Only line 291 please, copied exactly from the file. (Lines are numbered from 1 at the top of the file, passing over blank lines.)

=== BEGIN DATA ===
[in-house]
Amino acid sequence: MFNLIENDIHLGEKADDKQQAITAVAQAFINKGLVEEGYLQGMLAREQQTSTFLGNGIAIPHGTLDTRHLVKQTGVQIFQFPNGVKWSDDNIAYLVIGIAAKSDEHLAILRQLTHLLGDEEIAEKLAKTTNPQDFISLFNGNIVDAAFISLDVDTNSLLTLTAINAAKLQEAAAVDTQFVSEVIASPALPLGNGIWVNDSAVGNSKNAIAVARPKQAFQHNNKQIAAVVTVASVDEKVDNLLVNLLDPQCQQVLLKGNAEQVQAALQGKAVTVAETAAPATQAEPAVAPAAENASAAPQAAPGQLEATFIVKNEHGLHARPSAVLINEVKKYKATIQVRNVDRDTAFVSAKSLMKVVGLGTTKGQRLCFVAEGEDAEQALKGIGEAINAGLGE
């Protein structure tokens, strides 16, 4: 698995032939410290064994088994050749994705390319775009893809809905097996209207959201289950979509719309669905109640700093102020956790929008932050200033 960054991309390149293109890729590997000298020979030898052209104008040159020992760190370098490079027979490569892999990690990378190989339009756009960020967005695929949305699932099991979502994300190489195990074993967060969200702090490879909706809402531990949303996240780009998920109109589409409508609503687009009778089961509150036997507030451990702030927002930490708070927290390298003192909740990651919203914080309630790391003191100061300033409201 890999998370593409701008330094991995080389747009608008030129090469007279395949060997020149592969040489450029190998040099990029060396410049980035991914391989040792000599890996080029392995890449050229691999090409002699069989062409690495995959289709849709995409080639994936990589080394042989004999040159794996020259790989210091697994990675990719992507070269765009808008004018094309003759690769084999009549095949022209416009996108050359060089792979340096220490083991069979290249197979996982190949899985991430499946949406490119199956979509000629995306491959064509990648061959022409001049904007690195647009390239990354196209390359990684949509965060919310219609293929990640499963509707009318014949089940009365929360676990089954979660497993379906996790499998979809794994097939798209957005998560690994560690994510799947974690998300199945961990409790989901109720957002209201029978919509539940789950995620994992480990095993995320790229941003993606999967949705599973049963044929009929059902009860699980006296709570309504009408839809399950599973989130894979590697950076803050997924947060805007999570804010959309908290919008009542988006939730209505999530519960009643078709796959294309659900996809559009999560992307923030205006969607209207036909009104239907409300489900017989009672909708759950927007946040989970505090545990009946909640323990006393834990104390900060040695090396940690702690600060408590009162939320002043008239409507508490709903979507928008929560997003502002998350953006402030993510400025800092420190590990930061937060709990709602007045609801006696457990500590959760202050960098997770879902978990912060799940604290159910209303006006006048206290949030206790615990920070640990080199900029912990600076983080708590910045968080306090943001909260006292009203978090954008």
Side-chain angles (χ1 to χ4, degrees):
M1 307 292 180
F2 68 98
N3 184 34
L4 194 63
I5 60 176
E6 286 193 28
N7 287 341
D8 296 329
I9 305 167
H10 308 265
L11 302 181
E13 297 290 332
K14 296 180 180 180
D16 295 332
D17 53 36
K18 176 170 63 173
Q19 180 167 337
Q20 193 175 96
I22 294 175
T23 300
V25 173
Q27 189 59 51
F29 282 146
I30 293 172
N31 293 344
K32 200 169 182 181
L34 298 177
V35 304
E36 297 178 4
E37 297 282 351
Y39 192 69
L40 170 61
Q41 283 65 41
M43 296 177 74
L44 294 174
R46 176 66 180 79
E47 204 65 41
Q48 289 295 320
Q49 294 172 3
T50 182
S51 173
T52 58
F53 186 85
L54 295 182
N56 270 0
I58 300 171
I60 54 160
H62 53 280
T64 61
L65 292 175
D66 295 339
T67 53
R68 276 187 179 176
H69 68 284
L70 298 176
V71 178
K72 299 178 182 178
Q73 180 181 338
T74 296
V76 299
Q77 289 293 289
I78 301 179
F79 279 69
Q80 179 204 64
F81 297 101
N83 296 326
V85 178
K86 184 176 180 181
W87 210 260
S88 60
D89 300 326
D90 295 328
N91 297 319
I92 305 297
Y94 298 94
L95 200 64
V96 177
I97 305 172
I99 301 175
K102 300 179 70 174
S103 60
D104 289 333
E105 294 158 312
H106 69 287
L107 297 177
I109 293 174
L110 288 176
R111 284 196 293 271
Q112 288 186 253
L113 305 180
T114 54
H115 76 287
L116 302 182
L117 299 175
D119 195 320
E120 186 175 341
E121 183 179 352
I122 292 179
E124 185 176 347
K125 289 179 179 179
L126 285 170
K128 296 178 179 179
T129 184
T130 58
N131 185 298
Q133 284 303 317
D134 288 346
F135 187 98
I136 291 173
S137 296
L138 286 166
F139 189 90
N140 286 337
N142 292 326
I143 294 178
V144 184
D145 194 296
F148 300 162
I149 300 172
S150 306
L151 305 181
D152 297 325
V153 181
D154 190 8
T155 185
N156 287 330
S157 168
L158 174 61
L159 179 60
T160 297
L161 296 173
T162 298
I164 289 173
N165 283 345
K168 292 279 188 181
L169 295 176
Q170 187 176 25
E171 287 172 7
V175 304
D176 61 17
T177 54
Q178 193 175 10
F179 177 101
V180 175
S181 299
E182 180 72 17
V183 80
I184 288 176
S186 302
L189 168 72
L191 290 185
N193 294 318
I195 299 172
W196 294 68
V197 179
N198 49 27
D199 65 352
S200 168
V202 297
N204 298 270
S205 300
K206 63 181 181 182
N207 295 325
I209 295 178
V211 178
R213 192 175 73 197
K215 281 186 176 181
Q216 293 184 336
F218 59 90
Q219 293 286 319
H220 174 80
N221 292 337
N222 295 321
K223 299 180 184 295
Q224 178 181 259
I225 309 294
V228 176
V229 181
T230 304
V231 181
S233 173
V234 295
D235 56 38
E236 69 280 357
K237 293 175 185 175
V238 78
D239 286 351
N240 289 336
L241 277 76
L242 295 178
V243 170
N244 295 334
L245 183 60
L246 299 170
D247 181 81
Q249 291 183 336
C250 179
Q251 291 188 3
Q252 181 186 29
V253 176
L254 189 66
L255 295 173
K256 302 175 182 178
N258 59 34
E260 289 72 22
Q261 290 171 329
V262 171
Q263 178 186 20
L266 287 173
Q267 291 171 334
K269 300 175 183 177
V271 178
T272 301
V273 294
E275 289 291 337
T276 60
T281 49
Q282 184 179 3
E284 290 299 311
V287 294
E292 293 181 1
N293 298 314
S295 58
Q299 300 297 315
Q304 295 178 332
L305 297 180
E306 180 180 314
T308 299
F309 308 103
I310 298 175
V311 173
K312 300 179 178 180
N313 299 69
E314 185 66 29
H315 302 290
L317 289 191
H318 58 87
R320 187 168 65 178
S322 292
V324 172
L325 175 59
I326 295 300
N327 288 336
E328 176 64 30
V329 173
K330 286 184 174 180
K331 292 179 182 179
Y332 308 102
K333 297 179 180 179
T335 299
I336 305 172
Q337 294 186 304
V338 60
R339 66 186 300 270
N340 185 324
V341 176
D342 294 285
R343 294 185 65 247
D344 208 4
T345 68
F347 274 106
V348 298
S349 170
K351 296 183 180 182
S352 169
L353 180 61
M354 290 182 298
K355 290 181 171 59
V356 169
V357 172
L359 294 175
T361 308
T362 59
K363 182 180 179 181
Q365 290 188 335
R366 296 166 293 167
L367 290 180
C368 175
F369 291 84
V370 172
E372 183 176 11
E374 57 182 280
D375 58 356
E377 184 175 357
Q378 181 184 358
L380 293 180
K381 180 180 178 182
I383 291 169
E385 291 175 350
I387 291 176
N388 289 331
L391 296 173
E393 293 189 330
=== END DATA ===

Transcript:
K381 180 180 178 182